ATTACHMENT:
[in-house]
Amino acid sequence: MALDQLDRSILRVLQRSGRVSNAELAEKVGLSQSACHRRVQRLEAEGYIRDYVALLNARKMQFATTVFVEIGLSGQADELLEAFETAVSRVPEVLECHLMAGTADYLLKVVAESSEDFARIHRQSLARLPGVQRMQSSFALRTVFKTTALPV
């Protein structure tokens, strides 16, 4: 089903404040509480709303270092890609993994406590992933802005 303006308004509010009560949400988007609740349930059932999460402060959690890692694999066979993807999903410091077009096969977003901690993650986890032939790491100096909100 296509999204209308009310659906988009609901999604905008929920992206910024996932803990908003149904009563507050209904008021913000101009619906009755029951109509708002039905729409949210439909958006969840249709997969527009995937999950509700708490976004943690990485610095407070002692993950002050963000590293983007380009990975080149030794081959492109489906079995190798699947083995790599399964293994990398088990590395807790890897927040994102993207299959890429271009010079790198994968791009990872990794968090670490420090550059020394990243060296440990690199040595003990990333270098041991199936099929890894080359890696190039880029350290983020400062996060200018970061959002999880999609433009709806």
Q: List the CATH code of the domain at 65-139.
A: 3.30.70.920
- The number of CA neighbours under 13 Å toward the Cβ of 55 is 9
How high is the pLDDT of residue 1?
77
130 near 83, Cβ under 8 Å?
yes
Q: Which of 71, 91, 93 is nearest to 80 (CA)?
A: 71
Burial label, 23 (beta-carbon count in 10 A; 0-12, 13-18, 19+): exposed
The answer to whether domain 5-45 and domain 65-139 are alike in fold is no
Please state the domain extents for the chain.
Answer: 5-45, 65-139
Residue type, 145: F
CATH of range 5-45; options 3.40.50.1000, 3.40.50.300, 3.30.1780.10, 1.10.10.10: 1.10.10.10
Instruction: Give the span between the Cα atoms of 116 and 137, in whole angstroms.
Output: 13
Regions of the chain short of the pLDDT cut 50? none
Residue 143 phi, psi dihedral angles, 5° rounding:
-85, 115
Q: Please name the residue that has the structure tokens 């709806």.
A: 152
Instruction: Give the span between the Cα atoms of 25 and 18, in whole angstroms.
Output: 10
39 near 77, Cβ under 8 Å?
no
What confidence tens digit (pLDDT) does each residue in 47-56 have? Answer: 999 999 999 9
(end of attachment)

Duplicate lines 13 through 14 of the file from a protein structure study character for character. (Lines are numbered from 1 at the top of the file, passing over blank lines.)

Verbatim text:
Burial label, 23 (beta-carbon count in 10 A; 0-12, 13-18, 19+): exposed
The answer to whether domain 5-45 and domain 65-139 are alike in fold is no